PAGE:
Don’t judge – Don’t get angry or upset that your users are circle-navigating your UX and behaving ‘badly’, users are lazy as we know, they’ll do the least possible to get what they want, so don’t fight them, find a happy middle ground.

Recognising the emotions – If users are getting stuck at a certain point in a sales funnel, this is the perfect place to place a micro-interaction which expresses that this particular section may take longer to get through.

Action your understanding – If a user has a bad experience, send a message that you’re sorry and you’re working to make improvements.

It’s simple stuff, but you’ll know that plenty of businesses lack empathy in UX, don’t be one of them.

Tie UX into Product Development

Regardless of the size of a UX team, it must be involved in the product development process. UX needs to be considered during feasibility conversations because what is the use of having a dynamite product unless users are able to interact and enjoy it properly through strong UX?

A Holistic Approach

Taking a holistic approach to UX is critical to maintain continuity. If you decide to work on the first few steps of a sales funnel but neglect to change email template designs to match, you’ll create a serious amount of confusion and distrust for your users.

The Challenge and Potential Danger of Achieving Continuity

Changing Times

As a practice, UX is still in its infancy, meaning that we have a long way to go until some kind of plateau in development is met.

Experts are already saying that responsivity is old news and continuity is what we should be aiming for (we agree!), however, by definition continuity could be impossible to achieve if the principle becomes obsolete within a short amount of time.

Furthermore, achieving continuity for your users can be extremely difficult if you are also aiming to continuously improve and shifting your sales funnel and designs regularly.

It’s a catch 22, make constant improvements to increase click-through rates and conversions and you risk creating confusion and disassociation between your users, but change too little and aim for absolute continuity and you may get left behind as new developments and tech allow your competition to race ahead.

The Machines are Coming

The full extent of the impact that artificial intelligence will have on UX is unknown, however, it’s not hard to imagine a future in which AI will be able to perfect UX for every app and platform when it comes to sales funnel development, however, consider the consequences of allowing machines to design and define our online experiences.

Every single website and platform would end up looking completely uniform and indistinguishable within specific sectors as it is imaginable that an AI would figure out a perfect formula with enough data fed into it. Could we then lose the flair and artistic touch that UX offers?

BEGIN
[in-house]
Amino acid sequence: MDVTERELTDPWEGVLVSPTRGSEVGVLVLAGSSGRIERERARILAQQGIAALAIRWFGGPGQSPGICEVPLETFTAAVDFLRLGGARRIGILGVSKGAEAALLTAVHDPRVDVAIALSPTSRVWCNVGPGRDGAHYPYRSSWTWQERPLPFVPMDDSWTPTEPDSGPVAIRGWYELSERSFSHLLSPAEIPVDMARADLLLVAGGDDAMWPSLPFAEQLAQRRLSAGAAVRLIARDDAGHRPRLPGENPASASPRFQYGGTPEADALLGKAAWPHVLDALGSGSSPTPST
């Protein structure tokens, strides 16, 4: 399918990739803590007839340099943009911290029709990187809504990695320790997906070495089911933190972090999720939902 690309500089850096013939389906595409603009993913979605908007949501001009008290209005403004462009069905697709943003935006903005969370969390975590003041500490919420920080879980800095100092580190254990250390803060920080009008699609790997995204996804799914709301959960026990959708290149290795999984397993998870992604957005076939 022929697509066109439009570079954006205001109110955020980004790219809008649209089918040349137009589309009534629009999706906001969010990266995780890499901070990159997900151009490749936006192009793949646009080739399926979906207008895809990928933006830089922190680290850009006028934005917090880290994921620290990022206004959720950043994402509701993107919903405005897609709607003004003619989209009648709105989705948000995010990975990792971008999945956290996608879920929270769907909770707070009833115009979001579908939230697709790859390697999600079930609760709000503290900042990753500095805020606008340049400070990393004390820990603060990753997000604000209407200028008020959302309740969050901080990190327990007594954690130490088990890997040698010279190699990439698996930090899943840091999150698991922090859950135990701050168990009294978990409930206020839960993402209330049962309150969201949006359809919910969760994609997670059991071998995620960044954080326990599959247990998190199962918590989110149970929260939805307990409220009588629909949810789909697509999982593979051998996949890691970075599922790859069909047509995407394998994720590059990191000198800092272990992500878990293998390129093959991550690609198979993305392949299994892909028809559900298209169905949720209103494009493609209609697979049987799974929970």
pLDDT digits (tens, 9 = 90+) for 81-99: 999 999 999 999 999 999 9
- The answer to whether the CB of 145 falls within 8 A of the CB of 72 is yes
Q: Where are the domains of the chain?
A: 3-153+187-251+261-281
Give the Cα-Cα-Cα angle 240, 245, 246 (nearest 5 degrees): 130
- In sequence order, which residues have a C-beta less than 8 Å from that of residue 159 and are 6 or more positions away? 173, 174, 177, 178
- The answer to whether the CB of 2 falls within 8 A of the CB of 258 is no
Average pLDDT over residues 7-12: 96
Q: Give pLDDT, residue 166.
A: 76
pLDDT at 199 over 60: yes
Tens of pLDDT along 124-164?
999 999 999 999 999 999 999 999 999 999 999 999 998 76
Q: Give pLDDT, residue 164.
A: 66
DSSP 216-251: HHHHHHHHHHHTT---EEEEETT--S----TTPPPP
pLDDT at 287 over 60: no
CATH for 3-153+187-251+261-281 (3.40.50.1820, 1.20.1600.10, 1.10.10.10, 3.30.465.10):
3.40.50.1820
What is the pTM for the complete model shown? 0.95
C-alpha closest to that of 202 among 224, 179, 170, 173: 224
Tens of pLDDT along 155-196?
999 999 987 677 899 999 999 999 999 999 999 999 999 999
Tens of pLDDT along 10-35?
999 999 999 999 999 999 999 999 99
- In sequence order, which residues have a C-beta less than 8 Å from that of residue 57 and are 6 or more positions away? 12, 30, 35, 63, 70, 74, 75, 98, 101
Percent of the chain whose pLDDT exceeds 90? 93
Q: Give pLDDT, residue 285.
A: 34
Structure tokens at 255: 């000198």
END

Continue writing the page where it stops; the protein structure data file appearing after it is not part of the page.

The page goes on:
And if you say that it’s a good thing that an all experiences would then become smooth, comforting and have continuity you might not have thought about that issue properly.

Take architecture, for example, if every single building was created for nothing more than pure function and a smooth user experience, we would never have built awe-inspiring marvels such as the Sagrada Familia, The Bilbao Guggenheim or the Eiffel Tower.

Just look at the dissatisfaction being leveled at the uniformity of design of London’s £15 billion Crossrail project.

Hopefully, we’ll never reach a point where creativity and art are sacrificed for the good of better results, but as history shows, profit is always the priority…

To continue continuity?

Continuity is what we as humans like, we are creatures of habit and don’t like our routines to be interrupted, which is why UX professionals need to be careful to make drastic changes to their platforms or websites, however, that does not mean that progress cannot and should not be made.

The fact is that consumers are getting used to things changing regularly and arguably, continuity can be defined as users being used to constant change.

Ultimately, there may never be a perfect equation, users expectations are likely to remain fluid and never settle, just look at the rise of voice search.

Andrew Machin
Andrew Machin

With over 25 years’ experience in UX and digital strategy, Andrew has helped many national and global brands such as John Lewis, Harley Davidson, Johnson & Johnson, and Interflora create exceptional digital product experiences.

Through the success of such projects Andrew has received high-profile accolades that span innovation, strategy, and design, such as the Dadi Grand Prix Award and the Digital Impact Award for Innovation.

This experience has led to Andrew judging digital design awards, been featured in .net magazine, lecturing at Leeds university, and speaking at seminars and conferences across the UK.